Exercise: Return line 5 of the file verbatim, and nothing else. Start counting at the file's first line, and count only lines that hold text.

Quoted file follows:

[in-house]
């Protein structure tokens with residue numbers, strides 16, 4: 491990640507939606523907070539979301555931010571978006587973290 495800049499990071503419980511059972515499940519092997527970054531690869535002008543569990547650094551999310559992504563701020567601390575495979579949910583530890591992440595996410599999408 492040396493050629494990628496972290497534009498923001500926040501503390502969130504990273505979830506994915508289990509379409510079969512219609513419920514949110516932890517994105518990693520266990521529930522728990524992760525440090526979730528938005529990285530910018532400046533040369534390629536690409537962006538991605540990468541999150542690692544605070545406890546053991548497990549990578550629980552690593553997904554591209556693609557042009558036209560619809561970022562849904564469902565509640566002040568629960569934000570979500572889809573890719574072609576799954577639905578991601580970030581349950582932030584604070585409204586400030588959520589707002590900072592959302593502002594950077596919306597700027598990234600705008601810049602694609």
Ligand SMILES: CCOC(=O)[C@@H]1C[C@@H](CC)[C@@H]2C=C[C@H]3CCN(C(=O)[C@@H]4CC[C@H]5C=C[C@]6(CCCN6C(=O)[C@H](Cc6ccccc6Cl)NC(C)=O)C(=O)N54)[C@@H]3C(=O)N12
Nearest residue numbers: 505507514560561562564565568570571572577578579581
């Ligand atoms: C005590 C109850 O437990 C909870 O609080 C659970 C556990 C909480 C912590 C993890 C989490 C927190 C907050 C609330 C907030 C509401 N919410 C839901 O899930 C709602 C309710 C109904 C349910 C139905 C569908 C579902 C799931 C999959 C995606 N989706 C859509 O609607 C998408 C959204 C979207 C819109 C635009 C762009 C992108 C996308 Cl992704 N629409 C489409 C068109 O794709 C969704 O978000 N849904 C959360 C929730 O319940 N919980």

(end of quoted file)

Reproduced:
């Ligand atoms: C005590 C109850 O437990 C909870 O609080 C659970 C556990 C909480 C912590 C993890 C989490 C927190 C907050 C609330 C907030 C509401 N919410 C839901 O899930 C709602 C309710 C109904 C349910 C139905 C569908 C579902 C799931 C999959 C995606 N989706 C859509 O609607 C998408 C959204 C979207 C819109 C635009 C762009 C992108 C996308 Cl992704 N629409 C489409 C068109 O794709 C969704 O978000 N849904 C959360 C929730 O319940 N919980």